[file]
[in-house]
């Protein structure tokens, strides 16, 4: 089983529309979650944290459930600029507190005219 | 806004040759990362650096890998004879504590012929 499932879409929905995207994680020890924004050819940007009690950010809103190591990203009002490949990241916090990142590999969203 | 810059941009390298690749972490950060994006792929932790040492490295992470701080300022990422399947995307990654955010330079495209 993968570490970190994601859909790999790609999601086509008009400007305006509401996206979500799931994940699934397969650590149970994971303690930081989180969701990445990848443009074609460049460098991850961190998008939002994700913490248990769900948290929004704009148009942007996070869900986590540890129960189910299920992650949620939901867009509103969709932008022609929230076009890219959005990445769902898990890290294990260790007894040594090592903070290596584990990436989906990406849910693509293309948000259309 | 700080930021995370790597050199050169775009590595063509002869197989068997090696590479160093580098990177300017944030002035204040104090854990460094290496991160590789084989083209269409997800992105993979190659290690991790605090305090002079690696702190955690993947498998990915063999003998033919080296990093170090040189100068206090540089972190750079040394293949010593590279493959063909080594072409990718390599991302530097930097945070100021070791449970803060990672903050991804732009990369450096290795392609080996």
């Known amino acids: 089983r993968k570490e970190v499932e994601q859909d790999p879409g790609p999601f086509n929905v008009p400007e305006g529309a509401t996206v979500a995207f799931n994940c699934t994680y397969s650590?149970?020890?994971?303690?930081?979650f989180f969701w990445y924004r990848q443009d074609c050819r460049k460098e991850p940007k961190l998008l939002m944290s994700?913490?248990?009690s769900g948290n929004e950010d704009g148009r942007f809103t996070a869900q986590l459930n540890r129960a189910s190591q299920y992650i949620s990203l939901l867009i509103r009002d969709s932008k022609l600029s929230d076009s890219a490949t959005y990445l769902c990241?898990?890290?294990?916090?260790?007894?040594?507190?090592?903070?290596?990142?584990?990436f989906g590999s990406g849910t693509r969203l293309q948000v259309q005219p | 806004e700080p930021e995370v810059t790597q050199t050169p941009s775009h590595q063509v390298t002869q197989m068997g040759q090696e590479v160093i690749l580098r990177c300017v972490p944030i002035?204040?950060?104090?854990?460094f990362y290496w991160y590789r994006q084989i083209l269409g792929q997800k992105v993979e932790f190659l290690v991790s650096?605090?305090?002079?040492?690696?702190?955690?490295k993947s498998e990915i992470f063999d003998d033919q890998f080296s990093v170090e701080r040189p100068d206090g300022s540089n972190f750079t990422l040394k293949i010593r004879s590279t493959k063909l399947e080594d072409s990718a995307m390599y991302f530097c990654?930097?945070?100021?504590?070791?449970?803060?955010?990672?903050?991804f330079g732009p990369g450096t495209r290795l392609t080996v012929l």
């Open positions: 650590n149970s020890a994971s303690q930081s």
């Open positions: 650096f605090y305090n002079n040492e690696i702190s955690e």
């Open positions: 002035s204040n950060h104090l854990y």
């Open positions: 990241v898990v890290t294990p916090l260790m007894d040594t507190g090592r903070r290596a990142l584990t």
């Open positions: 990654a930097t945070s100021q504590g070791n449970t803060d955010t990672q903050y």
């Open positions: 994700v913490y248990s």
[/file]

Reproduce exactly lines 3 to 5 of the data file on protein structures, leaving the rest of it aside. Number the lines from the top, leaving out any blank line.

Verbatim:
């Known amino acids: 089983r993968k570490e970190v499932e994601q859909d790999p879409g790609p999601f086509n929905v008009p400007e305006g529309a509401t996206v979500a995207f799931n994940c699934t994680y397969s650590?149970?020890?994971?303690?930081?979650f989180f969701w990445y924004r990848q443009d074609c050819r460049k460098e991850p940007k961190l998008l939002m944290s994700?913490?248990?009690s769900g948290n929004e950010d704009g148009r942007f809103t996070a869900q986590l459930n540890r129960a189910s190591q299920y992650i949620s990203l939901l867009i509103r009002d969709s932008k022609l600029s929230d076009s890219a490949t959005y990445l769902c990241?898990?890290?294990?916090?260790?007894?040594?507190?090592?903070?290596?990142?584990?990436f989906g590999s990406g849910t693509r969203l293309q948000v259309q005219p | 806004e700080p930021e995370v810059t790597q050199t050169p941009s775009h590595q063509v390298t002869q197989m068997g040759q090696e590479v160093i690749l580098r990177c300017v972490p944030i002035?204040?950060?104090?854990?460094f990362y290496w991160y590789r994006q084989i083209l269409g792929q997800k992105v993979e932790f190659l290690v991790s650096?605090?305090?002079?040492?690696?702190?955690?490295k993947s498998e990915i992470f063999d003998d033919q890998f080296s990093v170090e701080r040189p100068d206090g300022s540089n972190f750079t990422l040394k293949i010593r004879s590279t493959k063909l399947e080594d072409s990718a995307m390599y991302f530097c990654?930097?945070?100021?504590?070791?449970?803060?955010?990672?903050?991804f330079g732009p990369g450096t495209r290795l392609t080996v012929l």
């Open positions: 650590n149970s020890a994971s303690q930081s």
């Open positions: 650096f605090y305090n002079n040492e690696i702190s955690e």